Counsel for the National Democratic Congress (NDC), Mr Tsatsu Tsikata, has pleaded the Supreme Court hearing the ongoing election petition not to entertain the line of cross examination being done by lead counsel for the petitioners, Mr Philip Addison.
He told the court, Tuesday that Mr Addison was wasting the time of the court in his attempt to make arguments on matters of irrelevances in his cross examination.
According to him, “there are substantive issues that this case is about. The time of this court is being wasted because matters that have not been pleaded, have not been put in evidence in anyway are suddenly being put up.”
He made these pleadings when Mr Addison, in his seventh day of cross examining the second respondent, Dr Kwadwo Afari-Gyan, presented tamper evidence envelopes as evidence to the court and according to Mr Tsikata, Mr Addison’s line of cross examination was not “consistent" with the clear directions that the Justices had given about the conduct of the case.
He said they had not received any pleadings that reflected on the temper evidence envelopes which contained election materials as being part of the case that was before the court.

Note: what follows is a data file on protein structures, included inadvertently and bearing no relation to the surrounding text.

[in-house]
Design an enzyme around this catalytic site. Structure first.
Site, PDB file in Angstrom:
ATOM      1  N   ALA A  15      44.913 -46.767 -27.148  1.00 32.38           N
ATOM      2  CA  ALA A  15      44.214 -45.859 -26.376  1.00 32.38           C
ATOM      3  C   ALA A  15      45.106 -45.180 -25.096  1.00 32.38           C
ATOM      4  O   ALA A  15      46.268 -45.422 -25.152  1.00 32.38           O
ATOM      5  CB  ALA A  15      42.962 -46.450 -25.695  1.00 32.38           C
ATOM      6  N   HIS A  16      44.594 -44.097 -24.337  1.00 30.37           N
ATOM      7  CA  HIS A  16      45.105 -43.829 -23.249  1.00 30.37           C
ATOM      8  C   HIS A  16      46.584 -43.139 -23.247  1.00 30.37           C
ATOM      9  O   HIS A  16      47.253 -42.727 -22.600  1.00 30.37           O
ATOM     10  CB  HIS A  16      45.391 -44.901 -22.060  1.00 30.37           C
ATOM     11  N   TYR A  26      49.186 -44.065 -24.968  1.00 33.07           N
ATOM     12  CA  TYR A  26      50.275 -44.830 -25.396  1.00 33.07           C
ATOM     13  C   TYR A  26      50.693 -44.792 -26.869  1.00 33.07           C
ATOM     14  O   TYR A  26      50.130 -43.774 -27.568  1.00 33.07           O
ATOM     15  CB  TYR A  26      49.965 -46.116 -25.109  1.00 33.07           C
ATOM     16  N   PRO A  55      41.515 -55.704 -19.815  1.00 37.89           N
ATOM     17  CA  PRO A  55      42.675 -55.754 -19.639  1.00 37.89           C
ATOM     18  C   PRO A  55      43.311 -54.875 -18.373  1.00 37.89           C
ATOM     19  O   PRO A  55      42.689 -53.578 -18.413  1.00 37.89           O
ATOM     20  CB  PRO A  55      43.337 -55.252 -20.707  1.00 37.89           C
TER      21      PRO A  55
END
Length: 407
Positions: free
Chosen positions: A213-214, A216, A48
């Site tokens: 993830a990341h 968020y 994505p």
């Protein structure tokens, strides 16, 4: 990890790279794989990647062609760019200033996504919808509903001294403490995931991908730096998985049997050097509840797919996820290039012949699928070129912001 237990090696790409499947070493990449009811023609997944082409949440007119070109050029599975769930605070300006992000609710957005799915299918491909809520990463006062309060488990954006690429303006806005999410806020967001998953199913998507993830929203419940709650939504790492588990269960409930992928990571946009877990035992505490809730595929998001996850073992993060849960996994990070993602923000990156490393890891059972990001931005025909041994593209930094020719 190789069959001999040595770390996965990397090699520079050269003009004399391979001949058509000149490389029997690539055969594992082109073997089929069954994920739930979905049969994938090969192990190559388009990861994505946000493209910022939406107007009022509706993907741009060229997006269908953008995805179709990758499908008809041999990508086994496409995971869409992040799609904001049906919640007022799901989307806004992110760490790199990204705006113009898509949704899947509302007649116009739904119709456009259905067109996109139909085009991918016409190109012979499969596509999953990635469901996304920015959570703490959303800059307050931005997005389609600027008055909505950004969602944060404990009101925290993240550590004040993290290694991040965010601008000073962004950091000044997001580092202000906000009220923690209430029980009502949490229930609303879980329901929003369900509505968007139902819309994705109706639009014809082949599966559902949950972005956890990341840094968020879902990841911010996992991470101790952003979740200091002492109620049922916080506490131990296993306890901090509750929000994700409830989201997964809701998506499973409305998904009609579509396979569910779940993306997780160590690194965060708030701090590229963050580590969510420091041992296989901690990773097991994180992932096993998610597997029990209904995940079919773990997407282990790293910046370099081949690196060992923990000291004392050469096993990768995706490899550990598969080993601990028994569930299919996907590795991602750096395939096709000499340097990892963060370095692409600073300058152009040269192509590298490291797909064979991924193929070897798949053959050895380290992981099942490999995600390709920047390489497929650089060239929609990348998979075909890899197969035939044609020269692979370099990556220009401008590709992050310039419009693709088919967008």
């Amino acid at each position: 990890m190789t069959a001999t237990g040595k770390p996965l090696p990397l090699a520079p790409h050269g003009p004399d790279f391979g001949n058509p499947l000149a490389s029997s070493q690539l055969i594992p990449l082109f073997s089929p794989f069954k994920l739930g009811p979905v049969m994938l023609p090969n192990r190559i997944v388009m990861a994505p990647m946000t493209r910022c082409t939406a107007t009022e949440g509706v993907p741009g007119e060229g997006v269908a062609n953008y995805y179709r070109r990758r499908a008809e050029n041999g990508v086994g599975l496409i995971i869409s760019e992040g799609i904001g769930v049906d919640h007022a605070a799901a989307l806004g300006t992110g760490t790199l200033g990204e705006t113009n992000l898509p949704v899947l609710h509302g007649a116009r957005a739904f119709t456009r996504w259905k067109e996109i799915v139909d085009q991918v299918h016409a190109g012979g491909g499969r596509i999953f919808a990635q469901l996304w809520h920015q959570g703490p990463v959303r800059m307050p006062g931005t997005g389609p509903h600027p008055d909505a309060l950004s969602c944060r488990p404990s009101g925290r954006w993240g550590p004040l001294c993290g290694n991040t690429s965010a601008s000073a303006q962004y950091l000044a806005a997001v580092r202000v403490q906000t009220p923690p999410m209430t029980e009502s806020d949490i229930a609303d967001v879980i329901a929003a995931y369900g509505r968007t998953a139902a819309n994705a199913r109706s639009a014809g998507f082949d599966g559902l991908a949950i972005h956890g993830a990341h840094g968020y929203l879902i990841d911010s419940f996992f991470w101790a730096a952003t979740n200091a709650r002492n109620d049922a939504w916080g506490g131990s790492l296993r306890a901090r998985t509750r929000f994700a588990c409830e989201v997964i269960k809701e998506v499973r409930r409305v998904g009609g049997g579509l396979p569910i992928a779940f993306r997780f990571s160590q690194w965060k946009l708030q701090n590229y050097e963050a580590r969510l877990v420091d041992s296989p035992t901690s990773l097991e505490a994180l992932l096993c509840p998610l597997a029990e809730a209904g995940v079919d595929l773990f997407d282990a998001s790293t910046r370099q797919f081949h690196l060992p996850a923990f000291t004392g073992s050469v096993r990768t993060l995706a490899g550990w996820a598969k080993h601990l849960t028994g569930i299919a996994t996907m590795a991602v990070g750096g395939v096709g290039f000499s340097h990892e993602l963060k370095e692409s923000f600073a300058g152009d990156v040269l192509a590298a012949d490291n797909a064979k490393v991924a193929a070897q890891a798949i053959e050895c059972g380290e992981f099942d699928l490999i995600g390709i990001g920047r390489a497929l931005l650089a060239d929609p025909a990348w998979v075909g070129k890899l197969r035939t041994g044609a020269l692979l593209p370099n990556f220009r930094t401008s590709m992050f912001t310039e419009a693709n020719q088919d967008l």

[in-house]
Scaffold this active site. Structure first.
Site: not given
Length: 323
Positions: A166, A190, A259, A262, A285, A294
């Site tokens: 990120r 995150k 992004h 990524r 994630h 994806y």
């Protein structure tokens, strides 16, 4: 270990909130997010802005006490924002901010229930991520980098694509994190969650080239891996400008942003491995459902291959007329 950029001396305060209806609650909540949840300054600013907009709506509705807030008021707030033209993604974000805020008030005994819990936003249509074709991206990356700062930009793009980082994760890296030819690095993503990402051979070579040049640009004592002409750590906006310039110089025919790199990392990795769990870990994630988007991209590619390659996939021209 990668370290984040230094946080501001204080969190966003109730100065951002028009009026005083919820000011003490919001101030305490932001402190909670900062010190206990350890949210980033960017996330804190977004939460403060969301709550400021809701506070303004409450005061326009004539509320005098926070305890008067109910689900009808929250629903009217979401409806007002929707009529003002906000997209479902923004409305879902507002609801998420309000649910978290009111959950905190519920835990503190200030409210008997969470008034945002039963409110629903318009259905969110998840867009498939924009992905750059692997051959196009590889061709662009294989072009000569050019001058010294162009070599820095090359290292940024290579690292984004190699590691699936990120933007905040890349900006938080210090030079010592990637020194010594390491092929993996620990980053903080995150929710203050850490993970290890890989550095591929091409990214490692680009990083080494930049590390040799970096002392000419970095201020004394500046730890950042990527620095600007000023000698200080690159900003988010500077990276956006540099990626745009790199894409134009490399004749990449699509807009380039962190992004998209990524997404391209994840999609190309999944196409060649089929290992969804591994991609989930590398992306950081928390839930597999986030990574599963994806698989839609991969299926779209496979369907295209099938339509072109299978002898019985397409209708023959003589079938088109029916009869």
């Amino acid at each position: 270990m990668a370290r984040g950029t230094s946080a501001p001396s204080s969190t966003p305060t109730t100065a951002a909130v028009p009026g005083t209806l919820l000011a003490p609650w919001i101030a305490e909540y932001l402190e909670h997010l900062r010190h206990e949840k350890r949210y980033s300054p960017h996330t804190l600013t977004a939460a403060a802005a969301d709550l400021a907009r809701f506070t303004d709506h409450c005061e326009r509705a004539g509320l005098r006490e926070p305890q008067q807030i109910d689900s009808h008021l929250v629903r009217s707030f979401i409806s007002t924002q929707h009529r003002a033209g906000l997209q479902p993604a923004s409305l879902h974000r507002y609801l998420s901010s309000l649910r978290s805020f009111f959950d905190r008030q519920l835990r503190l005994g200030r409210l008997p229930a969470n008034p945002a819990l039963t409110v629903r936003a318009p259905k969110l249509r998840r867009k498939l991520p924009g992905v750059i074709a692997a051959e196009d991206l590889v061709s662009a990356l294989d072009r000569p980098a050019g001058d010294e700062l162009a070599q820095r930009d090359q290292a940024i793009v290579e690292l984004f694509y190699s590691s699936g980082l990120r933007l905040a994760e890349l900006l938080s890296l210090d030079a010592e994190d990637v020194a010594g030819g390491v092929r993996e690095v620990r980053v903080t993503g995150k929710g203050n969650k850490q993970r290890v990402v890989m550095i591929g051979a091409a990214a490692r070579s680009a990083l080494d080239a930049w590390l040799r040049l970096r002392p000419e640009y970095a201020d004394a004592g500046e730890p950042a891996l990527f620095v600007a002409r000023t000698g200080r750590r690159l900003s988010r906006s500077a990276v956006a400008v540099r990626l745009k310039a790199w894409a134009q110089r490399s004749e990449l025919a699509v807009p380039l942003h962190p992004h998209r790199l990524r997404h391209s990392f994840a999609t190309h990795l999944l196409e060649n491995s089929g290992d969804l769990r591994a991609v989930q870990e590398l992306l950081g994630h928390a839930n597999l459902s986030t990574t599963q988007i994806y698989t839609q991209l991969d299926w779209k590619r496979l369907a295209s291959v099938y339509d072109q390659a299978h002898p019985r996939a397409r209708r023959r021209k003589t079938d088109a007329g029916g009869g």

“We are finding ourselves in the difficulty that in this cross examination all matter of irrelevancies is essentially being introduced into a case that is very far advanced. If the petitioners want to amend their case, in order to make bags that are in use and that they have some claims about, if serial numbers about the bag are going to be a new issue in this case, we need to know it.”
“At this stage, we really believe that the time of this court is being wasted, respectfully. The time of this court is being wasted because matters that have not been pleaded, they have not been put in evidence in any way are suddenly being put,” Mr Tsikata added.
He respectfully prayed the court not to entertain Mr Addison’s line of cross examination because it was not consistent with the bench’s directives in the conduct of cross examination.
Counsel for the first respondent, Mr Tony Lithur sought to associate himself with Mr Tsikata’s argument.
Standing on his feet, Mr Addison said he would not respond to the first and third respondent’s arguments.
He also wondered why the first and third respondents were making presentations on the issue since the court had ruled a couple of times that they could not make such observations.
By Jasmine Arku/Graphic.com.gh